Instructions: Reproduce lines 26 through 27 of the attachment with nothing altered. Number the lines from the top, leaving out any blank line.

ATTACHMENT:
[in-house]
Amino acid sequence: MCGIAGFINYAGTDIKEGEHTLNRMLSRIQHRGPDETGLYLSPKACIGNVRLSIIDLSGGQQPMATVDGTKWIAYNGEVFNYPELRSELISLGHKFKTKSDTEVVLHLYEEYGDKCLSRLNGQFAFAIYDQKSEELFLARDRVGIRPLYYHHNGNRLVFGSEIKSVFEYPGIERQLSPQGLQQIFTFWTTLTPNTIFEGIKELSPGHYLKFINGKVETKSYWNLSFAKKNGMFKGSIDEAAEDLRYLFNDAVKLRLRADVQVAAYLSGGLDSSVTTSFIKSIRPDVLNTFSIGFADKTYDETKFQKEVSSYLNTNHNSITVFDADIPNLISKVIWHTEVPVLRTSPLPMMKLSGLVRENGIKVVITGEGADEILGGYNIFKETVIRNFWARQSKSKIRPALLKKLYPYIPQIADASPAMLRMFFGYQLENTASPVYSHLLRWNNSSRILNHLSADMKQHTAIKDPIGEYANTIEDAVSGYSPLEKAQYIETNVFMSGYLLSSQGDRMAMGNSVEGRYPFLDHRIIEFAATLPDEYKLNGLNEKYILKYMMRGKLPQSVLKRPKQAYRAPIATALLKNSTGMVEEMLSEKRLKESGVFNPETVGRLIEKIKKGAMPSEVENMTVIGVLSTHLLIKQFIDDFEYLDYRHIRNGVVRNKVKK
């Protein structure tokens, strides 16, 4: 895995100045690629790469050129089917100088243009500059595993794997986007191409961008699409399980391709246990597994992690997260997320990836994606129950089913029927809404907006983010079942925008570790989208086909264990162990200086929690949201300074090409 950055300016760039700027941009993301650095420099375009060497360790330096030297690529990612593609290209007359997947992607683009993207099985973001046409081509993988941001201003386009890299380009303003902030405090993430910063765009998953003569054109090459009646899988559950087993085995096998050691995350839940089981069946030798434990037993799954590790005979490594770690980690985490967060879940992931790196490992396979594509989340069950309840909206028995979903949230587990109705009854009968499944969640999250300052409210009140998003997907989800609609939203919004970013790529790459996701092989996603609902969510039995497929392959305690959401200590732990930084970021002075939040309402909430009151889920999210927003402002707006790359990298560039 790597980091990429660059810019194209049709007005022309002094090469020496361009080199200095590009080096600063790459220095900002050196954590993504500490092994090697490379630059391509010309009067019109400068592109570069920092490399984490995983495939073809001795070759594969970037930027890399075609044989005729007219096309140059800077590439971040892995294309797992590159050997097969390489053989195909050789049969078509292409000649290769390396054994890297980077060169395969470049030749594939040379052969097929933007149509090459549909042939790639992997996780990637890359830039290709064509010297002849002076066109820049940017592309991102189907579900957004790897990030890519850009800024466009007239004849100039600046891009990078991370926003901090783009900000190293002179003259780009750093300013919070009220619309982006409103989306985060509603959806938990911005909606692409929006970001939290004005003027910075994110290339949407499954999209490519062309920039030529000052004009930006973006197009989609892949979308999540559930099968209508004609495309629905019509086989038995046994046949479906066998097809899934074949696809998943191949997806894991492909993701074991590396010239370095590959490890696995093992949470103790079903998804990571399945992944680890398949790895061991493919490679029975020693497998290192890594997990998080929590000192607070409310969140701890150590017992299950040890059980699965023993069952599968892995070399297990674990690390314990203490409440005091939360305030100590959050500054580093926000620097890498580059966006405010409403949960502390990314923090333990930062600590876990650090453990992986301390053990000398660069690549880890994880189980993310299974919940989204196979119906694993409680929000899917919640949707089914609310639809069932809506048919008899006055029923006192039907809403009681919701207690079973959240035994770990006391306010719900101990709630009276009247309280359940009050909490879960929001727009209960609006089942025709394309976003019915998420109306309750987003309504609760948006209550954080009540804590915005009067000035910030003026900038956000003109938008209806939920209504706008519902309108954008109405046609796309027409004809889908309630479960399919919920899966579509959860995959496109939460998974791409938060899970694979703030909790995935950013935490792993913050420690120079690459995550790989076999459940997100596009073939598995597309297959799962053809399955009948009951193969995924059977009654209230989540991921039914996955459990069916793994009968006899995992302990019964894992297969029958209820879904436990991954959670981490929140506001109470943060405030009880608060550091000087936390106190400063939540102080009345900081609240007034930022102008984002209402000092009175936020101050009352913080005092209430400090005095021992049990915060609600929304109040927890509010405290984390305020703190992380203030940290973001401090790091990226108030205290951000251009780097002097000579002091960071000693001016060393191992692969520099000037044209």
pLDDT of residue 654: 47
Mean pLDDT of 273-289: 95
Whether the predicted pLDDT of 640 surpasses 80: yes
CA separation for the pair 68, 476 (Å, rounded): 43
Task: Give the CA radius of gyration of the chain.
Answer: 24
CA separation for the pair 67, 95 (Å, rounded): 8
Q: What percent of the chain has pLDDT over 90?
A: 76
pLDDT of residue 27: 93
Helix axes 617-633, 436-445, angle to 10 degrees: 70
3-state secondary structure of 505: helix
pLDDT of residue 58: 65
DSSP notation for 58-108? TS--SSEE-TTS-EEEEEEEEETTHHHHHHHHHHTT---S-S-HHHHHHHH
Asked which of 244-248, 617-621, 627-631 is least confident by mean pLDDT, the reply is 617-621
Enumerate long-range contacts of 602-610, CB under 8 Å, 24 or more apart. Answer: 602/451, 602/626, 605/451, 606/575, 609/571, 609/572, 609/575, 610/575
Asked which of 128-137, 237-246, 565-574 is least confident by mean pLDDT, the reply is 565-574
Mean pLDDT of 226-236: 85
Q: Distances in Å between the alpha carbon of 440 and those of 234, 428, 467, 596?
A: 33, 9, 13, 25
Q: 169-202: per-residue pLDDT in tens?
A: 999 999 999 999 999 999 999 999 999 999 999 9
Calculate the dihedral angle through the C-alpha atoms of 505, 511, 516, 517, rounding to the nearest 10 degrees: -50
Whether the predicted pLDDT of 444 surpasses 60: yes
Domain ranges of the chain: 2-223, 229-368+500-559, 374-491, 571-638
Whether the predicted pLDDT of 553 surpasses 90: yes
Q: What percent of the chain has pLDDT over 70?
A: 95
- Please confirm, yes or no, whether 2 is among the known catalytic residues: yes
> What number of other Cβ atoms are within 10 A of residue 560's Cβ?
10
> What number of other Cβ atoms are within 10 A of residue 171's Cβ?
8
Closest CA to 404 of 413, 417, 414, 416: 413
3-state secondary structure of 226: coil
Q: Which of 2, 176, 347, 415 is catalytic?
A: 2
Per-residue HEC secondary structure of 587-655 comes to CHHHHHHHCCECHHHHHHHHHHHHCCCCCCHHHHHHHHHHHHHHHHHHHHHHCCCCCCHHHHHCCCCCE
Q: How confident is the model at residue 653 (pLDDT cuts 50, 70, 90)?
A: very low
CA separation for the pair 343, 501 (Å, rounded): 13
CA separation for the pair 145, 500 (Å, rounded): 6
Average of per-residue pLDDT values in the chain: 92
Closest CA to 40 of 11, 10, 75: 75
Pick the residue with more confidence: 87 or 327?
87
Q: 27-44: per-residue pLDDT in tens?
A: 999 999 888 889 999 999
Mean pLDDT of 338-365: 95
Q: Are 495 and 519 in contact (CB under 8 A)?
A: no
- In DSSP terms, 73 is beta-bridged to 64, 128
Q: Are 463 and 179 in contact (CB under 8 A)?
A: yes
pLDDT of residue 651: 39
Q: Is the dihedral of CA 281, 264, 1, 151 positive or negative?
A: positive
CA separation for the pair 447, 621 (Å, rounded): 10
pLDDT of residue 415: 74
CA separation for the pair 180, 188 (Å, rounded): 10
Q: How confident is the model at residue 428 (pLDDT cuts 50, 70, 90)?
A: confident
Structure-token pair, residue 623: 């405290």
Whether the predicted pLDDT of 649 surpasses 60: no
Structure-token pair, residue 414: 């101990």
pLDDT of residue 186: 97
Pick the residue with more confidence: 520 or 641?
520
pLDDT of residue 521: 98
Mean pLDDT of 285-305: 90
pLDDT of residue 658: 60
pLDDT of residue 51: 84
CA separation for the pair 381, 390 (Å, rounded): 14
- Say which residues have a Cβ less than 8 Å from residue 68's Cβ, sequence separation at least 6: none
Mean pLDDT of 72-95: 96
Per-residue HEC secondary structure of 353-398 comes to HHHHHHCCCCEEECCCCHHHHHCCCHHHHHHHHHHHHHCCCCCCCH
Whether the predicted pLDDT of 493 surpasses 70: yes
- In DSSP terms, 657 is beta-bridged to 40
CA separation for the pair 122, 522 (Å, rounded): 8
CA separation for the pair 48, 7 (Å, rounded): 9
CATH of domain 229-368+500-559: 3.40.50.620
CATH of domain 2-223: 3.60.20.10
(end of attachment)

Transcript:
Calculate the dihedral angle through the C-alpha atoms of 505, 511, 516, 517, rounding to the nearest 10 degrees: -50
Whether the predicted pLDDT of 444 surpasses 60: yes